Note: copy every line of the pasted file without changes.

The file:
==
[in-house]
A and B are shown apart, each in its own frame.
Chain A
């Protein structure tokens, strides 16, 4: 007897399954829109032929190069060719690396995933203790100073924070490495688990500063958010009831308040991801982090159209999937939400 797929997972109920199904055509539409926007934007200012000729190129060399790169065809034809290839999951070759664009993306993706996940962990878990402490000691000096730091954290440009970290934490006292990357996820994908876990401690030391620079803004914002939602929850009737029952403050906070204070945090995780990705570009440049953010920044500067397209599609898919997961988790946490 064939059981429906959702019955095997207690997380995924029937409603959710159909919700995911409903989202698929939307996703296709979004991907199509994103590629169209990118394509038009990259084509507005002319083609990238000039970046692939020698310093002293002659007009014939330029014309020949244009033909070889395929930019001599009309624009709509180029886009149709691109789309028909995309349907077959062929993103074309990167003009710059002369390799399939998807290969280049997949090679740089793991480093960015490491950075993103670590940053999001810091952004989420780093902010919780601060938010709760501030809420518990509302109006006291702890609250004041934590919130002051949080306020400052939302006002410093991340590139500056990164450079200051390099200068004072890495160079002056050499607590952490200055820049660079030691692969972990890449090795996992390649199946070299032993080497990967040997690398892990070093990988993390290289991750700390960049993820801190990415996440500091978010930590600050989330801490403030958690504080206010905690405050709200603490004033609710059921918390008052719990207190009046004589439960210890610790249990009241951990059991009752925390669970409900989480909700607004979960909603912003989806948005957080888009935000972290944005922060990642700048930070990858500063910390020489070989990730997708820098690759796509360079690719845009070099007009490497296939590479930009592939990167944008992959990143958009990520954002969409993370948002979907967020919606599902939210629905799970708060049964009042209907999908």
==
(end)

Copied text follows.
[in-house]
A and B are shown apart, each in its own frame.
Chain A
């Protein structure tokens, strides 16, 4: 007897399954829109032929190069060719690396995933203790100073924070490495688990500063958010009831308040991801982090159209999937939400 797929997972109920199904055509539409926007934007200012000729190129060399790169065809034809290839999951070759664009993306993706996940962990878990402490000691000096730091954290440009970290934490006292990357996820994908876990401690030391620079803004914002939602929850009737029952403050906070204070945090995780990705570009440049953010920044500067397209599609898919997961988790946490 064939059981429906959702019955095997207690997380995924029937409603959710159909919700995911409903989202698929939307996703296709979004991907199509994103590629169209990118394509038009990259084509507005002319083609990238000039970046692939020698310093002293002659007009014939330029014309020949244009033909070889395929930019001599009309624009709509180029886009149709691109789309028909995309349907077959062929993103074309990167003009710059002369390799399939998807290969280049997949090679740089793991480093960015490491950075993103670590940053999001810091952004989420780093902010919780601060938010709760501030809420518990509302109006006291702890609250004041934590919130002051949080306020400052939302006002410093991340590139500056990164450079200051390099200068004072890495160079002056050499607590952490200055820049660079030691692969972990890449090795996992390649199946070299032993080497990967040997690398892990070093990988993390290289991750700390960049993820801190990415996440500091978010930590600050989330801490403030958690504080206010905690405050709200603490004033609710059921918390008052719990207190009046004589439960210890610790249990009241951990059991009752925390669970409900989480909700607004979960909603912003989806948005957080888009935000972290944005922060990642700048930070990858500063910390020489070989990730997708820098690759796509360079690719845009070099007009490497296939590479930009592939990167944008992959990143958009990520954002969409993370948002979907967020919606599902939210629905799970708060049964009042209907999908």